Respawn working on multiple games, may launch by winter 2019

Star Wars Jedi: Fallen Order may be here soon.

A few months ago, Respawn Entertainment surprised everyone by announcing that the team was working on a game called Star Wars Jedi: Fallen Order. Not much is known about the project, but it seems like it’s Star Wars Jedi: Fallen Order and possibly Titanfall 3 could launch by holiday 2019.

On this weeks podcast: New ARM PCs, Microsoft earnings, and more!

This week on the Windows Central Podcast: New ARM PCs, Microsoft earnings, Andromeda sightings, and more!

We’re back with another exciting episode of the Windows Central Podcast, and this week Daniel Rubino and Zac Bowden have some unique and interesting hardware to check out in this episode, including the ARM-based Samsung Galaxy Book 2 with LTE connectivity, and the dual-screen Lenovo Yoga Book C930.

They also talk about Microsoft’s Q1 FY2019 earnings report and a new 19H1 build for Insiders. Plus, Zac shares some nuggets of information from a Microsoft presentation, stoking the fires of some hot, fresh Andromeda rumors. The common theme across the topics this week — it’s all about the haptics!

This episode of the Windows Central Podcast was recorded on October 26 2018.

Left 4 Dead-like 'Earthfall' gets long-awaited horde mode

Earthfall just got even bigger.

Earthfall is a Left 4 Dead-like multiplayer co-op shooter which launched on July 13, 2018 for Xbox One, PC, and PlayStation 4. The game follows players who fend off an alien invasion of the American Pacific Northwest using squad tactics, portable heavy weaponry, instant walls, and more tools as they try to avoid swarms of horrific intergalactic invaders.

General Grievous joins Star Wars Battlefront II

General Grievous is quite deadly.

General Grievous is one of the most popular Star Wars characters and today, he’s joining Star Wars Battlefront II. Yes, the same Star Wars Battlefront II that ignited a microtransactions controversy which a lot of foreign governments cracked down on. According to EA, “Trained in the Jedi arts by Count Dooku himself, you’ll be able to inspire fear in your enemies as you take control of the fearsome General Grievous.”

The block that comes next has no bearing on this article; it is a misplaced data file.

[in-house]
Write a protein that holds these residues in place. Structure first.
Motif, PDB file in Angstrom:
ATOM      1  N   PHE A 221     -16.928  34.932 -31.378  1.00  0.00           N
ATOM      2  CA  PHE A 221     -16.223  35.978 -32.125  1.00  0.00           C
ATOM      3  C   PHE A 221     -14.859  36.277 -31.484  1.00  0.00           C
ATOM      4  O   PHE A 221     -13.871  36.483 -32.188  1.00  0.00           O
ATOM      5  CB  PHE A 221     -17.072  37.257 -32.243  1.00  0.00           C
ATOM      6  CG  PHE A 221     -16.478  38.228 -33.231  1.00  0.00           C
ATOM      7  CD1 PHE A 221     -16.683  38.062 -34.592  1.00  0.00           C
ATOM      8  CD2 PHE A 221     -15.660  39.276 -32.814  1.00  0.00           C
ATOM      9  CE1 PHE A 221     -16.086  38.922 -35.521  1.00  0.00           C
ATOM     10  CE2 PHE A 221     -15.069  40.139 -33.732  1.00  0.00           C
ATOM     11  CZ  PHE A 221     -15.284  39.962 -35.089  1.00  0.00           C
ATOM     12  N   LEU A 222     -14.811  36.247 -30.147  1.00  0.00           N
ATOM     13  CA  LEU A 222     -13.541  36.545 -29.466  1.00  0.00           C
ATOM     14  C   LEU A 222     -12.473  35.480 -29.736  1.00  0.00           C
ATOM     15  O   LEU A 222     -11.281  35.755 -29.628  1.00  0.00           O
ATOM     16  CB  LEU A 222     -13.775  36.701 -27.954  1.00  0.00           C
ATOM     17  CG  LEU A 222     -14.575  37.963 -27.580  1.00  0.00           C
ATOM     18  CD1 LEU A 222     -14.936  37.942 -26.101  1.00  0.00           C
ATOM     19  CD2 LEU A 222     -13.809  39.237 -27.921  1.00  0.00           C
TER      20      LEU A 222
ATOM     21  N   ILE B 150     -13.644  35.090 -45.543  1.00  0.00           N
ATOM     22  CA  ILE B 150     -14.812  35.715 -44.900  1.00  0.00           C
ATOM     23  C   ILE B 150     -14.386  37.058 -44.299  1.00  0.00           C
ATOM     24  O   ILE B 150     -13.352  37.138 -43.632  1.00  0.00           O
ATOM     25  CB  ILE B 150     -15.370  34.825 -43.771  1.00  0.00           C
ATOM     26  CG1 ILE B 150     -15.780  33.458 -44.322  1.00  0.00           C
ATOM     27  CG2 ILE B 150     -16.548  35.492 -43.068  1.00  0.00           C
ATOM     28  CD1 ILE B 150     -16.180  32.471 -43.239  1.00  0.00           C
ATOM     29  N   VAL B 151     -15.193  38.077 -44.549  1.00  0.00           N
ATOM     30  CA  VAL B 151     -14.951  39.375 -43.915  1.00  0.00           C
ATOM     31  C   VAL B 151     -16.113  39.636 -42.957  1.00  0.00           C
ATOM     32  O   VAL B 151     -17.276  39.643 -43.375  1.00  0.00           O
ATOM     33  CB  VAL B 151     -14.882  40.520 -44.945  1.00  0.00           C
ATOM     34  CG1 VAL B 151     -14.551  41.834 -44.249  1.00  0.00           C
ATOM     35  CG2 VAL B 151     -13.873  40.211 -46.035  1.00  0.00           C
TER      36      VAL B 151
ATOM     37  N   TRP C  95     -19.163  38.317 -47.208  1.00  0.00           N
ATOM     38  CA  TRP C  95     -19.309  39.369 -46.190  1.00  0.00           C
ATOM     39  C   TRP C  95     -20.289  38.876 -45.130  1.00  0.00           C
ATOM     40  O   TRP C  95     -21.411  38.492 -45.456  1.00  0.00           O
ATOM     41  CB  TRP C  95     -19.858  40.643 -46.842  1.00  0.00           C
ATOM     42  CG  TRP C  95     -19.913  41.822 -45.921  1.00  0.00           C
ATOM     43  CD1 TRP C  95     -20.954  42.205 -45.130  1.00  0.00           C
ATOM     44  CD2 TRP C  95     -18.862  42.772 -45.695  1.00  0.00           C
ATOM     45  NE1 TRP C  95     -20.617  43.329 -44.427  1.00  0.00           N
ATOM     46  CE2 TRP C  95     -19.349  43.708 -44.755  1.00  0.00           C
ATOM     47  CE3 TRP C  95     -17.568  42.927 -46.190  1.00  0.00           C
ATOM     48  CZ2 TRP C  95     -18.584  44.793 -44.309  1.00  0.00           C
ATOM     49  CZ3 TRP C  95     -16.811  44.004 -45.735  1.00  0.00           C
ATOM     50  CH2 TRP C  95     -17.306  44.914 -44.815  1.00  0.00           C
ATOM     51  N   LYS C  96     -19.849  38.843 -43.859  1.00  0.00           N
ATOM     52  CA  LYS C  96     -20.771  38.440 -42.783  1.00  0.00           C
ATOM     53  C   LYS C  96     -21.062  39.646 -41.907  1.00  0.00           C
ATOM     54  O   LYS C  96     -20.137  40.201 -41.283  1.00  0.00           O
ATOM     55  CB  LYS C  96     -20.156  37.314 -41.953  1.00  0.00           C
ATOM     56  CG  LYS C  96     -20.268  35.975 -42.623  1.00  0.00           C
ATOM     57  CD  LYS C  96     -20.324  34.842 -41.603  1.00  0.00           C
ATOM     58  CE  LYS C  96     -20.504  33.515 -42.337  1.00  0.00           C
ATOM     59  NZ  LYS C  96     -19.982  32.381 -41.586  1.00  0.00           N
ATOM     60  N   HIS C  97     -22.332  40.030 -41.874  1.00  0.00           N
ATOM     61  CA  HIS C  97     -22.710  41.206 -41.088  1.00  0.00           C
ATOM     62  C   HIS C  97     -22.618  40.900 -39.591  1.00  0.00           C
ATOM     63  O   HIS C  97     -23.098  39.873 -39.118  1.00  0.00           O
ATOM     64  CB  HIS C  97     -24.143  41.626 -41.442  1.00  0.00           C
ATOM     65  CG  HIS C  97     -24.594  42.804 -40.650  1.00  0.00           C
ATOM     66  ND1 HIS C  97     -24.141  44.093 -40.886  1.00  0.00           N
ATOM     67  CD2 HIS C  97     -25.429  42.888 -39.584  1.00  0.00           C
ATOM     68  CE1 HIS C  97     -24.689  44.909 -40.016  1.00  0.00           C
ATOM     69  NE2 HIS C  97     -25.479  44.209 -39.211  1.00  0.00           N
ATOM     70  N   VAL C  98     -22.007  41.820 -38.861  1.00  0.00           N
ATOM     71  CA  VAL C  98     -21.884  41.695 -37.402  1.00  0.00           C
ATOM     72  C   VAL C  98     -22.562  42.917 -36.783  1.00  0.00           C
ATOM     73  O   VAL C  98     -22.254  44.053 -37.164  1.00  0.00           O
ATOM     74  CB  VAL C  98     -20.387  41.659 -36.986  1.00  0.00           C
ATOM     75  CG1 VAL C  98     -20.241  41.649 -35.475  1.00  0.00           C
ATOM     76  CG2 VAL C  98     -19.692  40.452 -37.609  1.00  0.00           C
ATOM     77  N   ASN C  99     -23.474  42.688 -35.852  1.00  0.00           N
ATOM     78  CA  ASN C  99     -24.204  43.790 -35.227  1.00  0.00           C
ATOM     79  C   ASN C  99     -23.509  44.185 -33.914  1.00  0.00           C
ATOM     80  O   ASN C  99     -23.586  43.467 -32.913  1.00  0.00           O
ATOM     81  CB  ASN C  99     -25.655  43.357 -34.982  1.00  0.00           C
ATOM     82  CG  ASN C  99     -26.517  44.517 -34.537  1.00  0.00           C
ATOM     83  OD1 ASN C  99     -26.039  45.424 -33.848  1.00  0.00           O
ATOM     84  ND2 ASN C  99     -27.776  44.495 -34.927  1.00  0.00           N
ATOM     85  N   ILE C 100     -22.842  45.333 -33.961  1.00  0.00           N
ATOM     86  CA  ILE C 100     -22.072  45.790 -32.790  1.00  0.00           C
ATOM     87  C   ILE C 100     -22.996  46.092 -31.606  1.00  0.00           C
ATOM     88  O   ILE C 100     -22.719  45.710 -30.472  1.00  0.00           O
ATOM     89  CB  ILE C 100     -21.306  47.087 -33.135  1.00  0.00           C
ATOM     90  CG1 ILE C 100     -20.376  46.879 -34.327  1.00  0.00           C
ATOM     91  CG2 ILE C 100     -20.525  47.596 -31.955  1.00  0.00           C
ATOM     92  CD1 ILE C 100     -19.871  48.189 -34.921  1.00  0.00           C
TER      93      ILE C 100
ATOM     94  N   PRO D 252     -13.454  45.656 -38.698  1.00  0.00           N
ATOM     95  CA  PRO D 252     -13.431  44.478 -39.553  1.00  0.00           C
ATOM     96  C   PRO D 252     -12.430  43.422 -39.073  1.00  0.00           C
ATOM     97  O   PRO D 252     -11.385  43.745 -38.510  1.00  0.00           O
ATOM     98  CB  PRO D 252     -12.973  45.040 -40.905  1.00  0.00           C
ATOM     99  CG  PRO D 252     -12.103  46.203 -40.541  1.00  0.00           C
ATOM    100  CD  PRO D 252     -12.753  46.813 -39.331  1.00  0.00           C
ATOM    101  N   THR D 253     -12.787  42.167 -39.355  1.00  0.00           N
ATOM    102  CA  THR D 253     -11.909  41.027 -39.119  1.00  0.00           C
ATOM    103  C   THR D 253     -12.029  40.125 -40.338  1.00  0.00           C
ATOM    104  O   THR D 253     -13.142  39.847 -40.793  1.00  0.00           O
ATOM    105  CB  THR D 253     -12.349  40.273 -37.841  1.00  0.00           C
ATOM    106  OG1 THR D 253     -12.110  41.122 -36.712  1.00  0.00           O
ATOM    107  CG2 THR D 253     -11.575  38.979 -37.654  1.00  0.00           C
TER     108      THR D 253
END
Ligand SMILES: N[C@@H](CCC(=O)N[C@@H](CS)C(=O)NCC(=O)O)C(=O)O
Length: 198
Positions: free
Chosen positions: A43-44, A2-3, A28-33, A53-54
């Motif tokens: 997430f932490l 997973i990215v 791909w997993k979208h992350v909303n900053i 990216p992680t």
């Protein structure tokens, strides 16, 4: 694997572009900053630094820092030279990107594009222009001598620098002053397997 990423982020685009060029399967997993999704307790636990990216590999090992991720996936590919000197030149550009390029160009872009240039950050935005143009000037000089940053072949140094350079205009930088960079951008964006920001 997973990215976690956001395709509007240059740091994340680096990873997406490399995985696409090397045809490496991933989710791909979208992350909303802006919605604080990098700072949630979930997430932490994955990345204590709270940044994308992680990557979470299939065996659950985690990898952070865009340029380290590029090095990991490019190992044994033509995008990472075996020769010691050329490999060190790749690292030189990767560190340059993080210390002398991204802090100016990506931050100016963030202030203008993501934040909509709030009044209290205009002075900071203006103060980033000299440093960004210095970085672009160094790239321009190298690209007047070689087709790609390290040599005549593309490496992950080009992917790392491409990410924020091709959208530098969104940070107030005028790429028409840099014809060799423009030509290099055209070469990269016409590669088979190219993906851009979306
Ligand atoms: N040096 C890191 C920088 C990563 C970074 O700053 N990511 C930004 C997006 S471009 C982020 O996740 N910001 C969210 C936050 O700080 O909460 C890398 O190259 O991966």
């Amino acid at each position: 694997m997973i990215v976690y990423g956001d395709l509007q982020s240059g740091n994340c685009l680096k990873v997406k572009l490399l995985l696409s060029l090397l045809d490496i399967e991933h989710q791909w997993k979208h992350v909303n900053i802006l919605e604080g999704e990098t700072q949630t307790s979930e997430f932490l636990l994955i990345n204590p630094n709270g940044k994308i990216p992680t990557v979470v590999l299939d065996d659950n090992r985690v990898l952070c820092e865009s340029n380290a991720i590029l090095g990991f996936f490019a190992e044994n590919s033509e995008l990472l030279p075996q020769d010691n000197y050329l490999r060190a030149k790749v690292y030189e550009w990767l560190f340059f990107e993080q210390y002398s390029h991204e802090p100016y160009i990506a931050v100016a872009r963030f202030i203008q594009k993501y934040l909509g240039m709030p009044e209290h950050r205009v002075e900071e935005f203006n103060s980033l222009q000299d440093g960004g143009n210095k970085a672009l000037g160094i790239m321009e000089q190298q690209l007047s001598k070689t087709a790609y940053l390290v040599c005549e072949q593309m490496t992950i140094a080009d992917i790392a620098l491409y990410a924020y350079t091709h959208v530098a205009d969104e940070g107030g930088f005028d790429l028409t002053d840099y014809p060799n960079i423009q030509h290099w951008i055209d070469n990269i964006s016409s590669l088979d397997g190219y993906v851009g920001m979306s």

Grab this AmazonBasics gaming keyboard for $15

Never stop gaming.

The AmazonBasics gaming keyboard is down to $15.31 on Amazon. This keyboard regularly sells for around $25 and often goes as high as $35. This price is a couple bucks better than a deal we shared in September and only about a dollar above what it dropped to on Prime Day.

The keyboard has a few features that should appeal to gamers, including the ability to lock the Windows key and other context keys so you don’t accidentally press out of your game and custom macros so you can execute complex commands. You can use the software that comes with it to set those macros up. It also has anti-ghosting so you can press up to 19 keys at once without losing any actions and media controls so you can play/pause/mute videos or music. You’ll also be able to customize the lighting effects and save your changes to one of three profiles, which you can easily switch between. AmazonBasics devices come with a one-year warranty. Users give it 3.7 stars based on 149 reviews.

See on Amazon

The hybrid cloud market just got a heck of a lot more compelling

Let’s start with a basic premise that the vast majority of the world’s workloads remain in private data centers. Cloud infrastructure vendors are working hard to shift those workloads, but technology always moves a lot slower than we think. That is the lens through which many cloud companies operate.
The idea that you operate both on prem and in the cloud with multiple vendors is the whole idea behind the notion of the hybrid cloud. It’s where companies like Microsoft, IBM, Dell and Oracle are placing their bets. These died-in-the-wool enterprise companies see their large customers making a slower slog to the cloud than you would imagine, and they want to provide them with the tools and technologies to manage across both worlds, while helping them shift when they are ready.